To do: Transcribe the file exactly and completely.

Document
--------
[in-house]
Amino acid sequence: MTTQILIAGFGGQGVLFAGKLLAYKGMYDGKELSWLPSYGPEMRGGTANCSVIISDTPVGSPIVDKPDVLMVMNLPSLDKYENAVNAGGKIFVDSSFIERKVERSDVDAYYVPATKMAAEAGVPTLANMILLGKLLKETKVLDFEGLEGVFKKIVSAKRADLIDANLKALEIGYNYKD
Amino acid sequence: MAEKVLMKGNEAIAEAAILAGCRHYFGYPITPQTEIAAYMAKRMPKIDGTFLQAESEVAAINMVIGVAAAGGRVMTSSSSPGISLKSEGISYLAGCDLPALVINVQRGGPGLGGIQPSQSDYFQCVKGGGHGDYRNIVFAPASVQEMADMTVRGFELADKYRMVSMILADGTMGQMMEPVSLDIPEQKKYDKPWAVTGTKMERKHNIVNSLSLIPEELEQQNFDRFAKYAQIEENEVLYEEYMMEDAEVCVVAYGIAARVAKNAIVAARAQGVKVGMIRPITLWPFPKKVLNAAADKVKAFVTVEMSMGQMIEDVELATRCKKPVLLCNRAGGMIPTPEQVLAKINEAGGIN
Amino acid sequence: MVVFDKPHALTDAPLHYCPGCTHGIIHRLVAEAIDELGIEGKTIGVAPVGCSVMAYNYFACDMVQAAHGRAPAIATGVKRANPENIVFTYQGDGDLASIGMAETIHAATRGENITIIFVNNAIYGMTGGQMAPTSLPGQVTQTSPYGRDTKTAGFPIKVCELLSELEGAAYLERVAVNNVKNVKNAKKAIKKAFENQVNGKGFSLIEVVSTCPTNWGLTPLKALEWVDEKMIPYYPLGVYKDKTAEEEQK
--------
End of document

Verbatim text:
[in-house]
Amino acid sequence: MTTQILIAGFGGQGVLFAGKLLAYKGMYDGKELSWLPSYGPEMRGGTANCSVIISDTPVGSPIVDKPDVLMVMNLPSLDKYENAVNAGGKIFVDSSFIERKVERSDVDAYYVPATKMAAEAGVPTLANMILLGKLLKETKVLDFEGLEGVFKKIVSAKRADLIDANLKALEIGYNYKD
Amino acid sequence: MAEKVLMKGNEAIAEAAILAGCRHYFGYPITPQTEIAAYMAKRMPKIDGTFLQAESEVAAINMVIGVAAAGGRVMTSSSSPGISLKSEGISYLAGCDLPALVINVQRGGPGLGGIQPSQSDYFQCVKGGGHGDYRNIVFAPASVQEMADMTVRGFELADKYRMVSMILADGTMGQMMEPVSLDIPEQKKYDKPWAVTGTKMERKHNIVNSLSLIPEELEQQNFDRFAKYAQIEENEVLYEEYMMEDAEVCVVAYGIAARVAKNAIVAARAQGVKVGMIRPITLWPFPKKVLNAAADKVKAFVTVEMSMGQMIEDVELATRCKKPVLLCNRAGGMIPTPEQVLAKINEAGGIN
Amino acid sequence: MVVFDKPHALTDAPLHYCPGCTHGIIHRLVAEAIDELGIEGKTIGVAPVGCSVMAYNYFACDMVQAAHGRAPAIATGVKRANPENIVFTYQGDGDLASIGMAETIHAATRGENITIIFVNNAIYGMTGGQMAPTSLPGQVTQTSPYGRDTKTAGFPIKVCELLSELEGAAYLERVAVNNVKNVKNAKKAIKKAFENQVNGKGFSLIEVVSTCPTNWGLTPLKALEWVDEKMIPYYPLGVYKDKTAEEEQK